He always had a fantastic memory for trivia that I didn't care about - like, so-and-so's uncle's son-in-law's sister's second cousin's full name, bio-data and personal income and investment. How he gets such inside information and why he bothers to remember them, I am not sure... but, that defines him. He likes to know everything about everybody in his own methodical way.

On rare occasions, when I was at the end of my teens, he told me quite a bit about his Guru and his initiation and his expectations and beliefs... am not sure why, and I am sure he thought I was just feigning interest as my face usually remains inscrutable on such occasions, plus the inherent hierarchical respect generally keeps me reticent in his company.

I am glad to have accompanied him to, on rare occasions, some of the discourses around town, nearby temples, and the local Ramakrishna Ashram. I didn't think so at that time and would glare at my mom, desperately trying to find excuses not to go... not because I was not deeply philosophical and introspective, but because I felt terribly awkward being the only non-sexagenarian in such gatherings.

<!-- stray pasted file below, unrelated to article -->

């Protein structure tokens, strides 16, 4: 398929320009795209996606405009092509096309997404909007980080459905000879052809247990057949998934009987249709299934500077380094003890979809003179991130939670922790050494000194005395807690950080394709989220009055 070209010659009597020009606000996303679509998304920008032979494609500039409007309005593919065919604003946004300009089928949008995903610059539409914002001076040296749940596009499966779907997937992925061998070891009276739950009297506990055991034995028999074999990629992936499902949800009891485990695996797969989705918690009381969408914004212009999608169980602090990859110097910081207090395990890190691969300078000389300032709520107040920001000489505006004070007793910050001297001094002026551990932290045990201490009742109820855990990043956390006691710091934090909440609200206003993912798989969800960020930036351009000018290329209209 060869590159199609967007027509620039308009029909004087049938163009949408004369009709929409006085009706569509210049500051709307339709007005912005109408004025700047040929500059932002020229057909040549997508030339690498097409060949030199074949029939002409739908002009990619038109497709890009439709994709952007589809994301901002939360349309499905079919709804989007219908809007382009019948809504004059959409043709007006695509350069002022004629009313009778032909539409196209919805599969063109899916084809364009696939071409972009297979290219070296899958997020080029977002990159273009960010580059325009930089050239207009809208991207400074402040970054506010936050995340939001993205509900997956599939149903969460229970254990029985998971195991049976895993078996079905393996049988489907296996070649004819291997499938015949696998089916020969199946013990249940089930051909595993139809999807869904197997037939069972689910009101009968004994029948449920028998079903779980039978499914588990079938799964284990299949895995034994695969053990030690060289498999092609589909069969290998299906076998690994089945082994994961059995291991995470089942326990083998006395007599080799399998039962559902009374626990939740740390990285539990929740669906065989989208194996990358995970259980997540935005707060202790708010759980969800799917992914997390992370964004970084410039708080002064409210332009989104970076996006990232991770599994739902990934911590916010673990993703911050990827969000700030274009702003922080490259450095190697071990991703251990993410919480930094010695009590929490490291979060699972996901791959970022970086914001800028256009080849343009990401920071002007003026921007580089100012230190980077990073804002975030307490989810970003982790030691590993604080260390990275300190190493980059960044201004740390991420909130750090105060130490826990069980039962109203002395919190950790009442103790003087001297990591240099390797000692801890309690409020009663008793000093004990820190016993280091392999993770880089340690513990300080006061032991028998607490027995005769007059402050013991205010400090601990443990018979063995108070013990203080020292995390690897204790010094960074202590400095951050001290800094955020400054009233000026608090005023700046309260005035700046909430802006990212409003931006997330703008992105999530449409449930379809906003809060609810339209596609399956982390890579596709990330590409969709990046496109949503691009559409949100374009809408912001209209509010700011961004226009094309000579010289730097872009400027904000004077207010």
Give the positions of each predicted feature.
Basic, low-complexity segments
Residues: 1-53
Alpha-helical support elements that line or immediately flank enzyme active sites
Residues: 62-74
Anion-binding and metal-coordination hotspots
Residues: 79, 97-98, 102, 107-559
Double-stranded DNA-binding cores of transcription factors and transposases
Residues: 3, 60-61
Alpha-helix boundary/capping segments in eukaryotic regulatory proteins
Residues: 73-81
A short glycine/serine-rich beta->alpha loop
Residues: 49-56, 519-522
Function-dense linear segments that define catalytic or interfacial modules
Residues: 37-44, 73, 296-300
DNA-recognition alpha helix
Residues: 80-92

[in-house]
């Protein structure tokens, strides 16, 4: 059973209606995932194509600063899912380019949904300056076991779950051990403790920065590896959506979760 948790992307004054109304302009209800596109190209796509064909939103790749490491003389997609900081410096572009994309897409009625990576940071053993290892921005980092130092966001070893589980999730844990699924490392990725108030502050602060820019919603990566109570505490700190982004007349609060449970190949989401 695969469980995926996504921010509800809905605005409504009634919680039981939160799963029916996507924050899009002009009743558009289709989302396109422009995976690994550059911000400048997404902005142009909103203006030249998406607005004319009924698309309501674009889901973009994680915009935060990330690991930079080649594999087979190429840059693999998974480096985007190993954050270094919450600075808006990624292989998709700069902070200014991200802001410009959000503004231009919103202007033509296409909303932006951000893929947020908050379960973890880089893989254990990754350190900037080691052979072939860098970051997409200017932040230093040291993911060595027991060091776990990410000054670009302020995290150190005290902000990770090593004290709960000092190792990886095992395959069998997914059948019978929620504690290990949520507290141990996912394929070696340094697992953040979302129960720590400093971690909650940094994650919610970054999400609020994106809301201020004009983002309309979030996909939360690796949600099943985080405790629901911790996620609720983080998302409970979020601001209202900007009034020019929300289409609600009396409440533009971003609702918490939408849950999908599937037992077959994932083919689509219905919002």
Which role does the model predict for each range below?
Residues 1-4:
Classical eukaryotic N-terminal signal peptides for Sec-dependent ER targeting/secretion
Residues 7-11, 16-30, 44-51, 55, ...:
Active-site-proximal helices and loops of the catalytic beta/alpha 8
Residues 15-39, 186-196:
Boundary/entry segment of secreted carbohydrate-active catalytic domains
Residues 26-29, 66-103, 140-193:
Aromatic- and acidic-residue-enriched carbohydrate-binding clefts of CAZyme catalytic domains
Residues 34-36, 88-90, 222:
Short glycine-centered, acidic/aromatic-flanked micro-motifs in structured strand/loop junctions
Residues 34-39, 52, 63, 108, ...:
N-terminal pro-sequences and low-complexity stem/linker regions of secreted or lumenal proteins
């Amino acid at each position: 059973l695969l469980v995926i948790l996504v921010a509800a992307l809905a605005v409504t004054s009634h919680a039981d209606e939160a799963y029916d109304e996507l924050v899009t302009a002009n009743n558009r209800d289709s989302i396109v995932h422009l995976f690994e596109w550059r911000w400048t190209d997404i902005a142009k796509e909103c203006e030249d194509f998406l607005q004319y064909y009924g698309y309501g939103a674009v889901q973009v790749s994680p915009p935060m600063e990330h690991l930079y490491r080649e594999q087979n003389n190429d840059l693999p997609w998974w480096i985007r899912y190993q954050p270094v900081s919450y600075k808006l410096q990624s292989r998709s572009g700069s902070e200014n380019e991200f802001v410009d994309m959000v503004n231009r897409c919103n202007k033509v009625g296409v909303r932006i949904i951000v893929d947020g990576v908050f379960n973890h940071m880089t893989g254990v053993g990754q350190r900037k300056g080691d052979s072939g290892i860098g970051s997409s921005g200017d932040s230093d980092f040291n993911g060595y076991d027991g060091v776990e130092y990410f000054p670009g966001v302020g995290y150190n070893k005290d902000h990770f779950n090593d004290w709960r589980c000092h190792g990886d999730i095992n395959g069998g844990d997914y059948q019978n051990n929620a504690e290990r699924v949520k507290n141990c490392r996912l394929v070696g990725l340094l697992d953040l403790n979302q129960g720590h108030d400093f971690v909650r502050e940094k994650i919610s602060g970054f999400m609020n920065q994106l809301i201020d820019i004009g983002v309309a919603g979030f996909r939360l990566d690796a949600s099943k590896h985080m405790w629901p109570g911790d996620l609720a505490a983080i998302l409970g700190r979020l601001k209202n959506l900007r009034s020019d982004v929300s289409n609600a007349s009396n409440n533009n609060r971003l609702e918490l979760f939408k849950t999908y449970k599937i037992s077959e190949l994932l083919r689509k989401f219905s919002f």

In retrospect, I think it made him feel good about it as much as it made me feel good that he feels good about showing me more meaningful things in life.

I remember one occasion fondly: when he came to visit me in the hostel in a different town in a different state, all the way, with no one else he knew in town to make it a I-was-in-the-neighborhood kind of visit. He came expressly because I was there and he wanted to see how I was doing. At least, that is how I want to remember it. He was quite an instant hit with my friends. Am not sure why they liked him, but my guess is that he was quintessential Thaathaa and the girls were seeing their own in him.

I wrote to him on and off initially when I came overseas to pursue my education. My mom kept me up-to-date about him, and for a while he moved in with my parents and I got to chat with him briefly on the phone. And, over the last dozen plus years, when I've focused on seeking my goals, finding my bearings and making a home of my own far away from my home, my communications with him have gradually dwindled to a strained top-of-my-voice, "Thaathaa, Eppadi Irukkel? Sowkyama?" repeated ad nauseum in the hope that his failing auditory faculties would just kick into action this once...

Gradually, as is inevitable, Old Age is overcoming him. One by one his primary faculties are beginning to fade. More than that, as I gather from my mom, his spirit has started to wither. At 93, he no longer wishes to be burdened by this corporeal existence.

I am not sure why, but, for the last few weeks I have been thinking about him fondly, itching to ask him, "Thaathaa, Sowkyama Irukkela*?"

*Grandpa, Are you fine?